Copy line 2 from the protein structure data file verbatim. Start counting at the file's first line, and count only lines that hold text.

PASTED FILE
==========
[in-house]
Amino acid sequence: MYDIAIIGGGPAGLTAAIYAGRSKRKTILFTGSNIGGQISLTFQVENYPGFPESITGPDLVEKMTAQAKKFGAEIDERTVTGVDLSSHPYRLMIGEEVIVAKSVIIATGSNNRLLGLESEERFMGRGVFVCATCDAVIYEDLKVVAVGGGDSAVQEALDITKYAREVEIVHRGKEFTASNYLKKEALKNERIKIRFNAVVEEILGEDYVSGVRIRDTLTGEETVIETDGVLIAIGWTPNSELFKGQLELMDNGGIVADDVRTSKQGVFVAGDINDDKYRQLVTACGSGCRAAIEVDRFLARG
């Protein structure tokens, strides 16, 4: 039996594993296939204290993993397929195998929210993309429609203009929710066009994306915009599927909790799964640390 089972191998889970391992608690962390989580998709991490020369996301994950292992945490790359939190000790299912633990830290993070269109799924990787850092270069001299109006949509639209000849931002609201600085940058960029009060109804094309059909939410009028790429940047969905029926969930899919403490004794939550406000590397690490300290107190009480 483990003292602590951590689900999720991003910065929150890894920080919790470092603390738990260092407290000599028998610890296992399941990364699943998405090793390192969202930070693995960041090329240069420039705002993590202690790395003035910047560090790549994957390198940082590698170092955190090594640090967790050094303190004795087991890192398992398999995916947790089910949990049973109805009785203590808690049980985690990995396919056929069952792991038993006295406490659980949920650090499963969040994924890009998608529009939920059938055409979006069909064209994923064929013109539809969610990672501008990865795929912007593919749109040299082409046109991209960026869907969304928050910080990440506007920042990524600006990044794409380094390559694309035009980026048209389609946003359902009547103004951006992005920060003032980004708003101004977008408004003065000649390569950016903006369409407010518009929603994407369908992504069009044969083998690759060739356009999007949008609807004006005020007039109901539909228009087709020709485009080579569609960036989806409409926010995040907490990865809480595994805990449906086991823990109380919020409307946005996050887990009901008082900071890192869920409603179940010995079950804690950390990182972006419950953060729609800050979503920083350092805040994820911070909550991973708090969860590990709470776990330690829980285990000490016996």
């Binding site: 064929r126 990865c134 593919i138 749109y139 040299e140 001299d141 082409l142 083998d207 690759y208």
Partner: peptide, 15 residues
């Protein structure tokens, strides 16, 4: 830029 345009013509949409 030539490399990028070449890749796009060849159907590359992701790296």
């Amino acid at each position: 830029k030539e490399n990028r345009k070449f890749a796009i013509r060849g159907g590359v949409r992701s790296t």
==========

Amino acid sequence: MYDIAIIGGGPAGLTAAIYAGRSKRKTILFTGSNIGGQISLTFQVENYPGFPESITGPDLVEKMTAQAKKFGAEIDERTVTGVDLSSHPYRLMIGEEVIVAKSVIIATGSNNRLLGLESEERFMGRGVFVCATCDAVIYEDLKVVAVGGGDSAVQEALDITKYAREVEIVHRGKEFTASNYLKKEALKNERIKIRFNAVVEEILGEDYVSGVRIRDTLTGEETVIETDGVLIAIGWTPNSELFKGQLELMDNGGIVADDVRTSKQGVFVAGDINDDKYRQLVTACGSGCRAAIEVDRFLARG